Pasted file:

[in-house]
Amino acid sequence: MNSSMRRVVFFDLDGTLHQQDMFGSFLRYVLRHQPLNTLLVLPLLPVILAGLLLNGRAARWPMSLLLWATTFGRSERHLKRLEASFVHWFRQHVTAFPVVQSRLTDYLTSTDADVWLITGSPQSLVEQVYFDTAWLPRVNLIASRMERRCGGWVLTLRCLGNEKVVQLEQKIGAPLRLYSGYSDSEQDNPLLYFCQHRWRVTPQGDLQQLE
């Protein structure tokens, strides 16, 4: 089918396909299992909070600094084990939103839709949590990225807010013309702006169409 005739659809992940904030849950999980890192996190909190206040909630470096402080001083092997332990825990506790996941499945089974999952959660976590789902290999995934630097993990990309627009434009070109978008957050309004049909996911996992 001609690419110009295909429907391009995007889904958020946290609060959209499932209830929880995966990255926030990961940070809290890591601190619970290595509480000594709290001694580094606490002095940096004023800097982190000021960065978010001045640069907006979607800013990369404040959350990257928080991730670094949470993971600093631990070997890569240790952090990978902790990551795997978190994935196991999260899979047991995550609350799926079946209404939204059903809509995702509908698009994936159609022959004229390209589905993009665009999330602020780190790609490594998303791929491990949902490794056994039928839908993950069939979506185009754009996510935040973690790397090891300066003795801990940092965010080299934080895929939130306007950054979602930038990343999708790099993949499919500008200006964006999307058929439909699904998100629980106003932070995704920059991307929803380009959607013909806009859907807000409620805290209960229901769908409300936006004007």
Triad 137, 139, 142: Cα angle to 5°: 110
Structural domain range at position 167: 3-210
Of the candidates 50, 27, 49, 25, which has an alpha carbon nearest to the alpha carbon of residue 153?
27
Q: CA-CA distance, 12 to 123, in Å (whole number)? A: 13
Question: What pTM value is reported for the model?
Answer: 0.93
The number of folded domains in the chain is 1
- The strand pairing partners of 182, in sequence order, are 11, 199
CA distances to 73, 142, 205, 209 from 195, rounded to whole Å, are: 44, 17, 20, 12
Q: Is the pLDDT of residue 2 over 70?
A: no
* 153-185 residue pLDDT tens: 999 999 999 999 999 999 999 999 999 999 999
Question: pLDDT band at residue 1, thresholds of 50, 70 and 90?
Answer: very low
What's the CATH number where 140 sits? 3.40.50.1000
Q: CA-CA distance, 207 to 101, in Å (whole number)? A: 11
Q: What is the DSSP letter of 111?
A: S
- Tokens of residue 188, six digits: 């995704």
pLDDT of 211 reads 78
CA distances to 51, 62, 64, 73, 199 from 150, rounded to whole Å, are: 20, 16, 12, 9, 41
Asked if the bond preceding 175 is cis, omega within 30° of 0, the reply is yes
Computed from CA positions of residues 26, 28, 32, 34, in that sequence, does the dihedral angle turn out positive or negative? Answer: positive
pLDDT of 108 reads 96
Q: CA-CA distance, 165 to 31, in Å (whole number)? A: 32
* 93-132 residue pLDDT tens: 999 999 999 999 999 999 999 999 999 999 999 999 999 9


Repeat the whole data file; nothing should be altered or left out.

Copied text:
[in-house]
Amino acid sequence: MNSSMRRVVFFDLDGTLHQQDMFGSFLRYVLRHQPLNTLLVLPLLPVILAGLLLNGRAARWPMSLLLWATTFGRSERHLKRLEASFVHWFRQHVTAFPVVQSRLTDYLTSTDADVWLITGSPQSLVEQVYFDTAWLPRVNLIASRMERRCGGWVLTLRCLGNEKVVQLEQKIGAPLRLYSGYSDSEQDNPLLYFCQHRWRVTPQGDLQQLE
């Protein structure tokens, strides 16, 4: 089918396909299992909070600094084990939103839709949590990225807010013309702006169409 005739659809992940904030849950999980890192996190909190206040909630470096402080001083092997332990825990506790996941499945089974999952959660976590789902290999995934630097993990990309627009434009070109978008957050309004049909996911996992 001609690419110009295909429907391009995007889904958020946290609060959209499932209830929880995966990255926030990961940070809290890591601190619970290595509480000594709290001694580094606490002095940096004023800097982190000021960065978010001045640069907006979607800013990369404040959350990257928080991730670094949470993971600093631990070997890569240790952090990978902790990551795997978190994935196991999260899979047991995550609350799926079946209404939204059903809509995702509908698009994936159609022959004229390209589905993009665009999330602020780190790609490594998303791929491990949902490794056994039928839908993950069939979506185009754009996510935040973690790397090891300066003795801990940092965010080299934080895929939130306007950054979602930038990343999708790099993949499919500008200006964006999307058929439909699904998100629980106003932070995704920059991307929803380009959607013909806009859907807000409620805290209960229901769908409300936006004007």
Triad 137, 139, 142: Cα angle to 5°: 110
Structural domain range at position 167: 3-210
Of the candidates 50, 27, 49, 25, which has an alpha carbon nearest to the alpha carbon of residue 153?
27
Q: CA-CA distance, 12 to 123, in Å (whole number)? A: 13
Question: What pTM value is reported for the model?
Answer: 0.93
The number of folded domains in the chain is 1
- The strand pairing partners of 182, in sequence order, are 11, 199
CA distances to 73, 142, 205, 209 from 195, rounded to whole Å, are: 44, 17, 20, 12
Q: Is the pLDDT of residue 2 over 70?
A: no
* 153-185 residue pLDDT tens: 999 999 999 999 999 999 999 999 999 999 999
Question: pLDDT band at residue 1, thresholds of 50, 70 and 90?
Answer: very low
What's the CATH number where 140 sits? 3.40.50.1000
Q: CA-CA distance, 207 to 101, in Å (whole number)? A: 11
Q: What is the DSSP letter of 111?
A: S
- Tokens of residue 188, six digits: 């995704």
pLDDT of 211 reads 78
CA distances to 51, 62, 64, 73, 199 from 150, rounded to whole Å, are: 20, 16, 12, 9, 41
Asked if the bond preceding 175 is cis, omega within 30° of 0, the reply is yes
Computed from CA positions of residues 26, 28, 32, 34, in that sequence, does the dihedral angle turn out positive or negative? Answer: positive
pLDDT of 108 reads 96
Q: CA-CA distance, 165 to 31, in Å (whole number)? A: 32
* 93-132 residue pLDDT tens: 999 999 999 999 999 999 999 999 999 999 999 999 999 9